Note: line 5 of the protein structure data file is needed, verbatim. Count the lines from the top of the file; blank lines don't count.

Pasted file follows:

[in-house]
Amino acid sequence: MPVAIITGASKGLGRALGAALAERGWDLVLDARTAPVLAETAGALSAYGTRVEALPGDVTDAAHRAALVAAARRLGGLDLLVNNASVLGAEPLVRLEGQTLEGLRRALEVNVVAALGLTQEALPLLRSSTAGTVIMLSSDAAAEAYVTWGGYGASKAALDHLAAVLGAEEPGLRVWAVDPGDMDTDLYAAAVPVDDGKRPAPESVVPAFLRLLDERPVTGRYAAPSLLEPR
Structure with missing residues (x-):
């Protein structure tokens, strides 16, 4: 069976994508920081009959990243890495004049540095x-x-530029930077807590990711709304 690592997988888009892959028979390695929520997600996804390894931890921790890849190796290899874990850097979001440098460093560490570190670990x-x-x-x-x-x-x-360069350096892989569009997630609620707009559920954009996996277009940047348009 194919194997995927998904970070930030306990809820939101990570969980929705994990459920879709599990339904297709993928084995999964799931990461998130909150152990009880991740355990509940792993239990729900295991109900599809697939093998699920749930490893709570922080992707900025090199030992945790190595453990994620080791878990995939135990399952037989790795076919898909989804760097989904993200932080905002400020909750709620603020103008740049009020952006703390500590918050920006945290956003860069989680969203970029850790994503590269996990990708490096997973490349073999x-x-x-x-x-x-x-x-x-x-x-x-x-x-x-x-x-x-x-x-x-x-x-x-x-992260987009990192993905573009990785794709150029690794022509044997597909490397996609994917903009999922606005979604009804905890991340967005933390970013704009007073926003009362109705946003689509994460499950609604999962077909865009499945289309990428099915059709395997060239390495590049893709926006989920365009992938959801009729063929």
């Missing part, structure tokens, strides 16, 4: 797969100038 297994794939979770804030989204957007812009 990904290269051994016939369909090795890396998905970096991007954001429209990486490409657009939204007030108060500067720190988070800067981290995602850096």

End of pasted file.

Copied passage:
């Missing part, structure tokens, strides 16, 4: 797969100038 297994794939979770804030989204957007812009 990904290269051994016939369909090795890396998905970096991007954001429209990486490409657009939204007030108060500067720190988070800067981290995602850096």